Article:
Many great things came out of the recent European Sustainable Event Conference in Copenhagen but this great video sums up the key points and delivers some of the  energy from that event. The early adopters have known it for a while but here we have a selection of them on record sharing their expertise and knowledge, including leadership from Oracle, Symantec and a whole raft of familiar faces.

The conference was the first of its kind and designed to foster innovation in the meetings industry and illustrated how meetings of the future will be driven by collaboration, sustainable meeting design, innovation and hybrid technologies.

Check out the video and let us know what you think!

Embedding Sustainability into Copenhagen Meetings Industry

Recorded at EIBTM, Michael Luehrs interviews Steen Jakobsen, Director of Conventions at Wonderful Copenhagen. Steen talks about how Copenhagen has embraced sustainability and embedded it into the meetings product and culture of the MICE industry.  Steen shares the approach – called the Copenhagen Sustainable Meetings Protocol (designed by us), and how leadership, stakeholder engagement and a business approach are critical for success.

You can read more about the work we have been doing with Steen and the Danish Meetings Industry here:  This project know as the Danish Sustainable Events Initiative builds on the COP15 success to make the Danish Presidency of the EU highly sustainable and certified to the new ISO20121. In parallel the project aims to raise up the sustainability performance of hotels, venues and agencies in the rest of Denmark.

 

Sustainable Events: On strength & Connectedness

Organisations=Organisms

Within any organisation, individual department-based process are interrelated and interdependent.

Random example: The person working reception at a hotel, if they are to be productive and enthusiastic, relies on the successful observation of effective processes in the restaurant.  Poor systems will result in poor service and, eventually, problems for anybody involved in guest service.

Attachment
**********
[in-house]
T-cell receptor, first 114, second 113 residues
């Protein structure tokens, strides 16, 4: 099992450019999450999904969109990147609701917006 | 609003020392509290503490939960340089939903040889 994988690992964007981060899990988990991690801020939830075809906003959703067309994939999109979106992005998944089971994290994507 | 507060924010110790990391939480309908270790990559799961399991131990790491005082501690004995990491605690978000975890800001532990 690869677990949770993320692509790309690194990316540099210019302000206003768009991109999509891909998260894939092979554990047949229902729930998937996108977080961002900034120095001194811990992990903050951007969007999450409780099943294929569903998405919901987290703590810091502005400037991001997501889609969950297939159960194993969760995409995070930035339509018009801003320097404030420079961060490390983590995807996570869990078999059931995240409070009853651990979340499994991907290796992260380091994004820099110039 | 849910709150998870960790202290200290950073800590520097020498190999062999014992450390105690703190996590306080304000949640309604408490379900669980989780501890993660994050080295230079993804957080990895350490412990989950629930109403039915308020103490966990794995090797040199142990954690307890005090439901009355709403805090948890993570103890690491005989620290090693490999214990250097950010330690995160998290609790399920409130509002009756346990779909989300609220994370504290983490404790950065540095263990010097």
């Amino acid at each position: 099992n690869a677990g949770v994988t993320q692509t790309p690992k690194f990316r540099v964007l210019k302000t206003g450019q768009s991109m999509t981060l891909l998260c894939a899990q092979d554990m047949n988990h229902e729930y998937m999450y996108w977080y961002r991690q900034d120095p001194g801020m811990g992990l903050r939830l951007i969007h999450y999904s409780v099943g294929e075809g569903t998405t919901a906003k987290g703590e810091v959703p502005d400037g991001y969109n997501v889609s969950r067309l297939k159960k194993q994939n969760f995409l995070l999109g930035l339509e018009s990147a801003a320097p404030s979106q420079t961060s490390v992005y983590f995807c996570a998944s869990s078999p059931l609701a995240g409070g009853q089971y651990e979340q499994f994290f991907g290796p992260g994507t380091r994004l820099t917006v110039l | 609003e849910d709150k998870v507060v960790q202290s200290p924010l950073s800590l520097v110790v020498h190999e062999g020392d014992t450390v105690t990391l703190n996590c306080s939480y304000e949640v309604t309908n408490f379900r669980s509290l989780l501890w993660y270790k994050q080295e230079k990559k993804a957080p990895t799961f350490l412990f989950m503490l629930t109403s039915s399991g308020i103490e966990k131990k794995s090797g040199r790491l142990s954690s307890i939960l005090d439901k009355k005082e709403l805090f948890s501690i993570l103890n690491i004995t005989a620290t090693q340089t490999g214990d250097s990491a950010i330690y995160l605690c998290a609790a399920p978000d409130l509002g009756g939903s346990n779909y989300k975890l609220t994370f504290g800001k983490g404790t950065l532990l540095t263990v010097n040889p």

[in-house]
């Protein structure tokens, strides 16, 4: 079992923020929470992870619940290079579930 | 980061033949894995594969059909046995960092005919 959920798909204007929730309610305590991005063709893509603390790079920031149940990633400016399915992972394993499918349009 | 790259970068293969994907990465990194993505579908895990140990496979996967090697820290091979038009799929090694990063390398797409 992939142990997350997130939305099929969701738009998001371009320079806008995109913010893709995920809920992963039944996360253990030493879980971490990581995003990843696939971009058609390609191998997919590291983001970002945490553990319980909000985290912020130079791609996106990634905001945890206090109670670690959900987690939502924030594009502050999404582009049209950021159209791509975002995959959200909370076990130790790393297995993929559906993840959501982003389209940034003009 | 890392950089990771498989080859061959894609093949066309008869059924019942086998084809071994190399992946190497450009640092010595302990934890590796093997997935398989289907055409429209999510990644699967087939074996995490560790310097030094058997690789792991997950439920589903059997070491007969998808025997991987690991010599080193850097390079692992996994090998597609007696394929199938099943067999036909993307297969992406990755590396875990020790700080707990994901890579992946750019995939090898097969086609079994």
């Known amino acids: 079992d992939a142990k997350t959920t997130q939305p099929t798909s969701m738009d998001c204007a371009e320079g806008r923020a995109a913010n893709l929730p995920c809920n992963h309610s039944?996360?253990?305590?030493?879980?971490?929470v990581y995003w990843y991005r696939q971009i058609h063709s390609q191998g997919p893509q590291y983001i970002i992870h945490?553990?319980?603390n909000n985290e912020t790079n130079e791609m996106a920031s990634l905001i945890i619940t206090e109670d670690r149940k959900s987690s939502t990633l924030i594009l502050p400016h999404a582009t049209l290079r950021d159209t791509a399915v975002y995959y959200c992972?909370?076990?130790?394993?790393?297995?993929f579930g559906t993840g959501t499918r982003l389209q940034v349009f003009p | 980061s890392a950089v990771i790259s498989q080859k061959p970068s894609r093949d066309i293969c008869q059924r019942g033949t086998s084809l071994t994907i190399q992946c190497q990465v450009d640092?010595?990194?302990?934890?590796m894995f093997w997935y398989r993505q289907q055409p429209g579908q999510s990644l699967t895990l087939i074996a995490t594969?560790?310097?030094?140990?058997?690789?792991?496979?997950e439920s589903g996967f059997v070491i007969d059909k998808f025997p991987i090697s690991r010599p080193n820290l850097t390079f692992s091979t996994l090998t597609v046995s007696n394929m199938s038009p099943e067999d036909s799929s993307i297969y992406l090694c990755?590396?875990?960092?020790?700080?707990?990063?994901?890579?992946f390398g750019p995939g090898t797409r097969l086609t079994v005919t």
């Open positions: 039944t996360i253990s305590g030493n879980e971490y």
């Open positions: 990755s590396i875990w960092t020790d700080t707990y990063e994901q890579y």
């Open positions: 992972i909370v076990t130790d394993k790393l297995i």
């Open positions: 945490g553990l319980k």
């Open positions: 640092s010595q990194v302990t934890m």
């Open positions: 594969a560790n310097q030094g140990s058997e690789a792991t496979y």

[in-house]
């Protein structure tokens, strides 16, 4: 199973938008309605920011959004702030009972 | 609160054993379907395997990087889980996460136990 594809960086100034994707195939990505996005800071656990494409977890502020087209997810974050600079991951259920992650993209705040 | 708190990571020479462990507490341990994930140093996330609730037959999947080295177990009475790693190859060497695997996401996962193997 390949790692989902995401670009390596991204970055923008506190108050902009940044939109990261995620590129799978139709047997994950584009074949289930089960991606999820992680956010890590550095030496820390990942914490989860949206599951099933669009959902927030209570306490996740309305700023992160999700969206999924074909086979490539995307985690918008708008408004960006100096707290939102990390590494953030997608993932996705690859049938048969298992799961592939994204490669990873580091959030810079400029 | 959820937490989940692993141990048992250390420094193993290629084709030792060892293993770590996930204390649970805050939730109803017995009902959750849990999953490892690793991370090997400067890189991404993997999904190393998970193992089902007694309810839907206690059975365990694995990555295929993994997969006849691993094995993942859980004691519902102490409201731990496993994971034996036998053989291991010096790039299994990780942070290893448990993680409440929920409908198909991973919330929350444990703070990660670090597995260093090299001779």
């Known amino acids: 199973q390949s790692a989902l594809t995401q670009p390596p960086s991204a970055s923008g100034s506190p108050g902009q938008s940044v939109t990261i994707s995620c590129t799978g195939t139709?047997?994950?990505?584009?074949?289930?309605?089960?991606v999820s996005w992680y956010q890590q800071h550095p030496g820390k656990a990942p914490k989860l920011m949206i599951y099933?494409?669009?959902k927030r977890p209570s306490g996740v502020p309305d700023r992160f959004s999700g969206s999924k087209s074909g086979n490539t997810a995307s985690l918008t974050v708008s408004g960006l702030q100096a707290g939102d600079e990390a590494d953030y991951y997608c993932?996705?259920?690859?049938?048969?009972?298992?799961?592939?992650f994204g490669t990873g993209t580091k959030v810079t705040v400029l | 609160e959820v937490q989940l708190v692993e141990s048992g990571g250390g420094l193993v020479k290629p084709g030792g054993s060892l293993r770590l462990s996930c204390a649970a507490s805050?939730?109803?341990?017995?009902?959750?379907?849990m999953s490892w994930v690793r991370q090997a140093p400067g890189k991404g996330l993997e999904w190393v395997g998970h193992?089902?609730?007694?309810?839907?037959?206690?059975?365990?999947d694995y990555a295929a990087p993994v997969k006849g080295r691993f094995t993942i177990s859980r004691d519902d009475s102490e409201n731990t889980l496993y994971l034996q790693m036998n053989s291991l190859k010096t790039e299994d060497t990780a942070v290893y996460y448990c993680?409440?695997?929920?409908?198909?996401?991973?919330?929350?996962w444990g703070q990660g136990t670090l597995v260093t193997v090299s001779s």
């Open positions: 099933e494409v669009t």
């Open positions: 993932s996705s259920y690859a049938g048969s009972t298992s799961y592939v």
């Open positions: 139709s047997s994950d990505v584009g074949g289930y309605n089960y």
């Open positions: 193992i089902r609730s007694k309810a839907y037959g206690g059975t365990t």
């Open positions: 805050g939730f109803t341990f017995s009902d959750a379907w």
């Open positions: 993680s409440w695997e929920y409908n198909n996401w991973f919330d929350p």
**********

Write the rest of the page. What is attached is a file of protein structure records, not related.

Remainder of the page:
What about sustainability.. and sustainble events?

Many organisations disallow themselves the benefits from aligning sustainability with traditionally recognized core business practices.

Random example #2: Marketing includes 2 pages on sustainability in the annual report yet procurement has no policy or practice related to sustainable practices.  The sustainable event planner in this organisation won’t deliver an event which reflects the promises sustainability outlined in the annual report because purchasing-often given influence over event-related expenses—have processes which are not aligned to the organisational sustainability initiative.

Strength through unity

Sustainable events are an expression of an organisations’ successful integration of sustainable business practices.  As part of a strategic approach to building a better business and responding to the widest possible stakeholder group, sustainable events are an extension of the core business initiatives which build the most resilient, innovative and successful companies.

Where to begin?

  •  Understand sustainability.  Check out The Natural Step for business-friendly guidance on identifying the ‘system conditions’ which define sustainability. See this for a brief intro.
  • Establish 2-way communication with stakeholders. Is your event deemed effective and valuable by participants? By the event host community? How do you know? Traditional 1-way communication will not help your organization improve and stay relevant.  Social media platforms, surveys and face to face sessions can provide pathways to needed feedback.
  • Commit to 2 or 3 specific process improvementsin support of sustainability for your next event.  This might mean choosing sustainable suppliers, or measuring waste or creating a safeguards to ensure that the meeting site is accessible to people with disabilities. Regard the tracking and sharing of results as essential to improving the process.
    • Random example #3: In 2008 EWEA set a goal to measure their event waste.  In 2011, they recycled and composted their way to an 89% diversion rate (which included 100% of their exhibition carpet)
  • Participate in the GMICThe Green Meeting Industry Council is focused on this stuff exclusively. (full disclosure: we’re members and active participants!) Ask questions, share best practices, absorb webinars, expand your network and help develop needed solutions.

Thoughts and additions welcome, as always.